The Sunday Mail
Bulls continued to charge on the Zimbabwe Stock Exchange (ZSE) as stocks hit record highs last week on speculative buying, in a throwback to the hyper-inflationary madness of 2008.
In the week to Thursday, total market value had reached $22,9 billion as share prices went haywire. This means the stock market now accounts for 89 percent of the country’s gross domestic product (GDP).
Finance and Economic Development Minister, Professor Mthuli Ncube said the official $18 billion GDP was not reflective of the real size of the economy and rebased it to $25,7 billion.
Government recently announced monetary and fiscal measures aimed at improving the economy in line with Vision 2030.
As part of the broader fiscal stabilization measures, Prof Ncube announced an Intermediary Money Transfer Tax of two (2) cents, which will widen room for capital funding.
The recently launched Transitional Stabilisation Programme (TSP) also speaks to the main challenges that have affected the economy, resulting in low confidence and high speculation. Parallel market rates reacted by skyrocketing. Resultantly, prices of some goods and services went up and stock-outs had become common as hoarding and panic buying gripped the market. This extended to stocks as buying pressure continued with many investors pursuing the stock market route as a hedge against uncertainties.
Last week alone, total market value added $6 billion or rose 37,1 percent to $22,9 billion from previous week’s $13,4 billion.
All indices sailed to new record highs. The Industrials closed the week 0,02 percent shy of the 700 points mark at 699, 86 points.
The ZSE Top 10 Index surged 78 percent to 227 points as heavies continued to lead the surge. At 208,3 points, the ZSE All Share Index jumped 69,1 percent as gains were recorded across the board. The Mining Index also charged 47 percent to 242 level as all its counters but Falgold recorded gains in the week.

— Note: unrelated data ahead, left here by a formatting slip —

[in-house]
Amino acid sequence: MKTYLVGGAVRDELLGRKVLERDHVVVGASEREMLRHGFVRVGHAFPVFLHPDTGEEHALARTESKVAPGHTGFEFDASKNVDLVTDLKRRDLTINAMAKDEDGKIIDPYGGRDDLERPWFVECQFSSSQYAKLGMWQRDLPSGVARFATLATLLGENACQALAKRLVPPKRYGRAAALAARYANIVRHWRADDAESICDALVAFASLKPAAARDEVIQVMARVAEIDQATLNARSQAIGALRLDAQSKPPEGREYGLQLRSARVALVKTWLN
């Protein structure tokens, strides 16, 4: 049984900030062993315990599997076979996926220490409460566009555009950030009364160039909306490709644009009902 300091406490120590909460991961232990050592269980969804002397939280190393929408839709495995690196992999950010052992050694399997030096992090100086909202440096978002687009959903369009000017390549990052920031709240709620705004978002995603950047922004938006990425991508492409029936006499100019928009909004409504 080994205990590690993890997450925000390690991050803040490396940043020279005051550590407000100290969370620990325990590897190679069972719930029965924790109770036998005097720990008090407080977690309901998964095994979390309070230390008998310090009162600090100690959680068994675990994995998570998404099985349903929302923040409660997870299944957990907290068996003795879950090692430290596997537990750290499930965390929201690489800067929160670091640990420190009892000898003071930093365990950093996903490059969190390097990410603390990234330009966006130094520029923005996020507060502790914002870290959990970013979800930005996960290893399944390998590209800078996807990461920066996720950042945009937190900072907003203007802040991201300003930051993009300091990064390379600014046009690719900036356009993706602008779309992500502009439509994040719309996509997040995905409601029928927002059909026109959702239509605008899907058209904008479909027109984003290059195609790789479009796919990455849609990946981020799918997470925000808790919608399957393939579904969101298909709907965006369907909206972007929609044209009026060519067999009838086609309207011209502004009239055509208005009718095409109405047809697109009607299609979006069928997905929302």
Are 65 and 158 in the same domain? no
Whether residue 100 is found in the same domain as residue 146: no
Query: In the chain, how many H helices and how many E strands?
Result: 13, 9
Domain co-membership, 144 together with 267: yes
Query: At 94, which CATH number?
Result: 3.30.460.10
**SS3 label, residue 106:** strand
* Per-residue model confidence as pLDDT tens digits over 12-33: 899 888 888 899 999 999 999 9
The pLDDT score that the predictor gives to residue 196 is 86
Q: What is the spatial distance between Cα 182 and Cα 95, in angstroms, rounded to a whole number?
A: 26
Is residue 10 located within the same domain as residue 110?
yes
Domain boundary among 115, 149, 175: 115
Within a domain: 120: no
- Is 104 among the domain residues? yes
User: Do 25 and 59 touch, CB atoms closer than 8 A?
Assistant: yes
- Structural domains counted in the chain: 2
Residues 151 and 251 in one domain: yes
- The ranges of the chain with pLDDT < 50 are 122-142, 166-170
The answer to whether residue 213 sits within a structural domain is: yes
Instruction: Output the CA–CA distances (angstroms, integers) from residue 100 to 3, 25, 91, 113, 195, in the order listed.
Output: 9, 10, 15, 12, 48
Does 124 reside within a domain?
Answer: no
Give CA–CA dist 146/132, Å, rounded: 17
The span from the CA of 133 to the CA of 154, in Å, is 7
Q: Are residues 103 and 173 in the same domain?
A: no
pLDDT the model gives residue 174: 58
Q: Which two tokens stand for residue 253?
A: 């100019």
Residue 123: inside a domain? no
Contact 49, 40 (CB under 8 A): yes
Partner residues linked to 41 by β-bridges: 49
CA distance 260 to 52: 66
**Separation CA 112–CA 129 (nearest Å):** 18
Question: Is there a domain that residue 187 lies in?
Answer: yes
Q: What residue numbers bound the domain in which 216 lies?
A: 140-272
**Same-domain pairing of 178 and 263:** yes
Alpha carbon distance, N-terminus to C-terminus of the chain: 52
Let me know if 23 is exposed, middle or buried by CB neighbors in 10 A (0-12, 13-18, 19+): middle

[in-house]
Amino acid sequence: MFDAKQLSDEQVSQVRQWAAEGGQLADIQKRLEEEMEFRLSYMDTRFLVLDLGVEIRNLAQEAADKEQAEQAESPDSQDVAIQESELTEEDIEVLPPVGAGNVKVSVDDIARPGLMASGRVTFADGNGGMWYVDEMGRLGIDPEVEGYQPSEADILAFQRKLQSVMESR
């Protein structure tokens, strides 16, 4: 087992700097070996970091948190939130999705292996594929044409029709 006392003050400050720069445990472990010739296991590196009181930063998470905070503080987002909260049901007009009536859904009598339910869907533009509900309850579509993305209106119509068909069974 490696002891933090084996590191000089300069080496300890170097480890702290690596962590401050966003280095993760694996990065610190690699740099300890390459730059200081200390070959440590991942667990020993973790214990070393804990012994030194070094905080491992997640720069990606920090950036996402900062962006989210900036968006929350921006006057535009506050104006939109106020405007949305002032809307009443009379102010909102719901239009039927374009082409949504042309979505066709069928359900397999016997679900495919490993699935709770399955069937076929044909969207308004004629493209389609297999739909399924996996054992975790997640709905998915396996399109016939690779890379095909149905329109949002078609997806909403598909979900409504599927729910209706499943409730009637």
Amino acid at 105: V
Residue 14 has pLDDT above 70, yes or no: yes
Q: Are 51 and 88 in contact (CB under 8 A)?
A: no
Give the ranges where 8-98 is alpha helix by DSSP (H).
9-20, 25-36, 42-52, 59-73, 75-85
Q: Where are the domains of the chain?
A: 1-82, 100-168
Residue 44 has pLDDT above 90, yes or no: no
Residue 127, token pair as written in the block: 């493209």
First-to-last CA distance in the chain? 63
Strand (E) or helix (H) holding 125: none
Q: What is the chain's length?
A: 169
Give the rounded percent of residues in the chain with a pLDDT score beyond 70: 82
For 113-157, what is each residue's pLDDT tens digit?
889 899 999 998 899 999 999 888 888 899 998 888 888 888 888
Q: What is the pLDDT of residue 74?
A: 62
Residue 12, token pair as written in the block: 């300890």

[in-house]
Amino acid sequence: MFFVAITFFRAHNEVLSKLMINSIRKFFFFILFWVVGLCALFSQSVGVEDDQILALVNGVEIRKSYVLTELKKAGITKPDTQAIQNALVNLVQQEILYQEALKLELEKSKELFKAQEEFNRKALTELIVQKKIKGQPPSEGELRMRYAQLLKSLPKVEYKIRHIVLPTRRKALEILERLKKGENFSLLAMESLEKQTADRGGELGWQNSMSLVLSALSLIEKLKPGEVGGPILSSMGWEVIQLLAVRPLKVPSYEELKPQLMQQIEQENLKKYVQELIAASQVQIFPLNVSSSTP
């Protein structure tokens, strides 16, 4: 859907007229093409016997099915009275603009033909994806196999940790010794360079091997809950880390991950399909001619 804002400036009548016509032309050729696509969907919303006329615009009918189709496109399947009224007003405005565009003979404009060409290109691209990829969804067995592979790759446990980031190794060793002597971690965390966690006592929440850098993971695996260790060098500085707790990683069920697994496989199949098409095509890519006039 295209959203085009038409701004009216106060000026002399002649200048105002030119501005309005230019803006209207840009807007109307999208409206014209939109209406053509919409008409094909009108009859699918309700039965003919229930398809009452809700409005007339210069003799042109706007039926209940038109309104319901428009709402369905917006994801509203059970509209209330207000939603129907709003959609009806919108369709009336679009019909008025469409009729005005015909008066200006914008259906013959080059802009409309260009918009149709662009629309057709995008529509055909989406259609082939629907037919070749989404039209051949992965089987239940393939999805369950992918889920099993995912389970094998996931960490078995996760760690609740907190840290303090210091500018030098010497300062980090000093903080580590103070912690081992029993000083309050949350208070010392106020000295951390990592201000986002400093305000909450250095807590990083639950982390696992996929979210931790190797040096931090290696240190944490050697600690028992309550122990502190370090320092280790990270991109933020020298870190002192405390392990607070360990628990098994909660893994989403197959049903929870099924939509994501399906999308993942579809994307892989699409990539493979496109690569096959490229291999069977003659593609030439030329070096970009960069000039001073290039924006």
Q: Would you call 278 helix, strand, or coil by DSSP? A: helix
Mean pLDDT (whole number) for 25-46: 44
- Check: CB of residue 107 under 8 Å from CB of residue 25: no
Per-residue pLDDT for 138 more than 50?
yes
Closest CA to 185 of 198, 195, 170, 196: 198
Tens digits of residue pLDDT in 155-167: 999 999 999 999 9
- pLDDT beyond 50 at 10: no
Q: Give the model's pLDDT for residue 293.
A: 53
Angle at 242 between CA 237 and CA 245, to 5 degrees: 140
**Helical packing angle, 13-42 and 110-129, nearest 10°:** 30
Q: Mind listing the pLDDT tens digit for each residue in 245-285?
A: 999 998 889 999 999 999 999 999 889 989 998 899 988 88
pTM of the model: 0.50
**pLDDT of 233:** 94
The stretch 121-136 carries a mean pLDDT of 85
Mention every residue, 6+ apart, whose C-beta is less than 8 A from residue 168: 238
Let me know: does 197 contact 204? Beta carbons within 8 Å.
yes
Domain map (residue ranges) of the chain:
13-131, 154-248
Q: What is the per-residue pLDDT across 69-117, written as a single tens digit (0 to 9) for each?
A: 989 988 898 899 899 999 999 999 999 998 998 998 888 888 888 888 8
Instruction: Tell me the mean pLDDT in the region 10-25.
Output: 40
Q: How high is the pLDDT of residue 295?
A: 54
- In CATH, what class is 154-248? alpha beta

Insurance giant Old Mutual soared 115 percent to $12,70 while Delta rose 92 percent to $4,36. The beverages giant’s lager beer volumes grew by 52 percent over prior year for the quarter to September 2018, and up 54 percent for the six months on the back of increased demand.
The sorghum beer volume in Zimbabwe grew by 9 percent above prior year for the quarter and 2 percent for the six months and the company recorded an improvement in the supply of packaging materials for Chibuku Super. The production capacity for Chibuku Super is now fully extended while that for standard Chibuku is limited by the shortages of Scud bottles. Biggest stock by market capitalisation, Econet rose 89 percent to $2,93 from prior week’s $1,55.
According to telecoms regulator, the Telecommunications Regulatory Authority of Zimbabwe, the telecoms sector is anticipated to maintain growth going forward on the back of growth in data and mobile money usage, which should enhance Econet.
The country’s biggest retail chain, OK Zimbabwe ticked 68 percent to 44,5 cents. Cigarette manufacturer BAT rose 46 percent to $39,60, remaining the most expensive stock on the market. Other gains were recorded in Innscor, Bindura and Hwange. These rose 72 percent to $2,43; 58 percent to 10,01 cents and 5,9 percent to 4,25 cents respectively.
At Hwange, indications are that the coal producer defaulted on the Scheme of Arrangement it entered into with creditors, and the firm has plunged into $7,6 million arrears due to poor management.
The company, which owes various creditors $352 million, entered into a Scheme of Arrangement with them on May 10 last year, under which employees would be paid monthly. Resultantly, top management, including its acting managing director, were suspended on unethical business practices.
Maintaining prior week’s levels were Nampak that closed pegged at 18 cents while Powerspeed and Willdale closed pegged at 14,99 cents and 0,67 cents respectively.
During the week, Barclays rebranded to First Capital Bank Limited in line with its new owners. The financial institution’s shareholders also approved the unbundling of its non-core banking properties into a separate entity to be listed on the bourse.
The primary asset included is its 50 percent shareholding in a property holding company called Makasa Sun (Private) Limited.
The economy has been battling challenges that relate to foreign currency and cash shortages, unsustainable high budget and current account deficits and infrastructure deficiencies, among others.
But it’s not all gloom and doom. The International Monetary Fund (IMF) has reviewed its 2018 Zimbabwe economic growth forecast to 3,6 percent from 2,4 percent it projected in April this year.
Government also estimates the economy will expand 6,3 percent against the initial projection of 4,5 percent.
Prospects are high stemming from the a raft of measures being implemented towards improving the country’s economic fortunes and making it an upper middle class by 2030.